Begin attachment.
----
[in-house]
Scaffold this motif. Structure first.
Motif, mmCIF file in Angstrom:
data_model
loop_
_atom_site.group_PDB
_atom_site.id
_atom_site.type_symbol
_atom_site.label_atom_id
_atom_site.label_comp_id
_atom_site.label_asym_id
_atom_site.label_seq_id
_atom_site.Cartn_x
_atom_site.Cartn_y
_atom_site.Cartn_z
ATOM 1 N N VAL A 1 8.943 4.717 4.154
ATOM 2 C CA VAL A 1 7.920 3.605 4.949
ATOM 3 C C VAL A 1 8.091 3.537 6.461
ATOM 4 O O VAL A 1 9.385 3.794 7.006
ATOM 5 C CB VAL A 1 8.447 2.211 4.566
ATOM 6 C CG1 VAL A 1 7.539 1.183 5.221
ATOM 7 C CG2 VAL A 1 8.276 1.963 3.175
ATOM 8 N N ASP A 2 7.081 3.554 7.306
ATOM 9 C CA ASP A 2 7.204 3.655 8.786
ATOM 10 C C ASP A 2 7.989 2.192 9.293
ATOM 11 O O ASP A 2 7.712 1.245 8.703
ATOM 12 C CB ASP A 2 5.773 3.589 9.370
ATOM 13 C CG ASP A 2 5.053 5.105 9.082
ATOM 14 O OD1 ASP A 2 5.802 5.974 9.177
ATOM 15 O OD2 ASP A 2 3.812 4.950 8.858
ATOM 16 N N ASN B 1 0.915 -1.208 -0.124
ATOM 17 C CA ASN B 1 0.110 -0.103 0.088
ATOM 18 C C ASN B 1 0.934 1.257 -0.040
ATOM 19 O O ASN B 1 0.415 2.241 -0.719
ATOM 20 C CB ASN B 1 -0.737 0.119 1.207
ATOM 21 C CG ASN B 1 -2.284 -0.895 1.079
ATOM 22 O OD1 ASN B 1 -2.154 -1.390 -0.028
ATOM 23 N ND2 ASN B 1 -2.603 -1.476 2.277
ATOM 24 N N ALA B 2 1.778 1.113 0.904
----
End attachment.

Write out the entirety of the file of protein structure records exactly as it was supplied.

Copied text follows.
[in-house]
Scaffold this motif. Structure first.
Motif, mmCIF file in Angstrom:
data_model
loop_
_atom_site.group_PDB
_atom_site.id
_atom_site.type_symbol
_atom_site.label_atom_id
_atom_site.label_comp_id
_atom_site.label_asym_id
_atom_site.label_seq_id
_atom_site.Cartn_x
_atom_site.Cartn_y
_atom_site.Cartn_z
ATOM 1 N N VAL A 1 8.943 4.717 4.154
ATOM 2 C CA VAL A 1 7.920 3.605 4.949
ATOM 3 C C VAL A 1 8.091 3.537 6.461
ATOM 4 O O VAL A 1 9.385 3.794 7.006
ATOM 5 C CB VAL A 1 8.447 2.211 4.566
ATOM 6 C CG1 VAL A 1 7.539 1.183 5.221
ATOM 7 C CG2 VAL A 1 8.276 1.963 3.175
ATOM 8 N N ASP A 2 7.081 3.554 7.306
ATOM 9 C CA ASP A 2 7.204 3.655 8.786
ATOM 10 C C ASP A 2 7.989 2.192 9.293
ATOM 11 O O ASP A 2 7.712 1.245 8.703
ATOM 12 C CB ASP A 2 5.773 3.589 9.370
ATOM 13 C CG ASP A 2 5.053 5.105 9.082
ATOM 14 O OD1 ASP A 2 5.802 5.974 9.177
ATOM 15 O OD2 ASP A 2 3.812 4.950 8.858
ATOM 16 N N ASN B 1 0.915 -1.208 -0.124
ATOM 17 C CA ASN B 1 0.110 -0.103 0.088
ATOM 18 C C ASN B 1 0.934 1.257 -0.040
ATOM 19 O O ASN B 1 0.415 2.241 -0.719
ATOM 20 C CB ASN B 1 -0.737 0.119 1.207
ATOM 21 C CG ASN B 1 -2.284 -0.895 1.079
ATOM 22 O OD1 ASN B 1 -2.154 -1.390 -0.028
ATOM 23 N ND2 ASN B 1 -2.603 -1.476 2.277
ATOM 24 N N ALA B 2 1.778 1.113 0.904